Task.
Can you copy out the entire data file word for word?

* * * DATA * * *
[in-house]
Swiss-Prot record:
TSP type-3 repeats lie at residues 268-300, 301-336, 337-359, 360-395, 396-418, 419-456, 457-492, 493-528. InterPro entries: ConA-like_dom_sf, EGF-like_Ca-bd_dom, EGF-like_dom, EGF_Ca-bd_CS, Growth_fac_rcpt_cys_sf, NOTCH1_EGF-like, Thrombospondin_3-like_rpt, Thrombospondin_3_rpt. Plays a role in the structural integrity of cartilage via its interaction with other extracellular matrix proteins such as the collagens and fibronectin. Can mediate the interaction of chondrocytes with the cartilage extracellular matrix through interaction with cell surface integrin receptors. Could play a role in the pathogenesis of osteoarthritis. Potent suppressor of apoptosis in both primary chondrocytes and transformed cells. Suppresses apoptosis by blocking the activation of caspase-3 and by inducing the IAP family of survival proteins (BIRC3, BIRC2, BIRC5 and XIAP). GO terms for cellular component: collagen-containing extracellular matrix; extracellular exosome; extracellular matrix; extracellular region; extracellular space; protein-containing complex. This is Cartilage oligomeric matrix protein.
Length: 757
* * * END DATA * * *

[in-house]
Swiss-Prot record:
TSP type-3 repeats lie at residues 268-300, 301-336, 337-359, 360-395, 396-418, 419-456, 457-492, 493-528. InterPro entries: ConA-like_dom_sf, EGF-like_Ca-bd_dom, EGF-like_dom, EGF_Ca-bd_CS, Growth_fac_rcpt_cys_sf, NOTCH1_EGF-like, Thrombospondin_3-like_rpt, Thrombospondin_3_rpt. Plays a role in the structural integrity of cartilage via its interaction with other extracellular matrix proteins such as the collagens and fibronectin. Can mediate the interaction of chondrocytes with the cartilage extracellular matrix through interaction with cell surface integrin receptors. Could play a role in the pathogenesis of osteoarthritis. Potent suppressor of apoptosis in both primary chondrocytes and transformed cells. Suppresses apoptosis by blocking the activation of caspase-3 and by inducing the IAP family of survival proteins (BIRC3, BIRC2, BIRC5 and XIAP). GO terms for cellular component: collagen-containing extracellular matrix; extracellular exosome; extracellular matrix; extracellular region; extracellular space; protein-containing complex. This is Cartilage oligomeric matrix protein.
Length: 757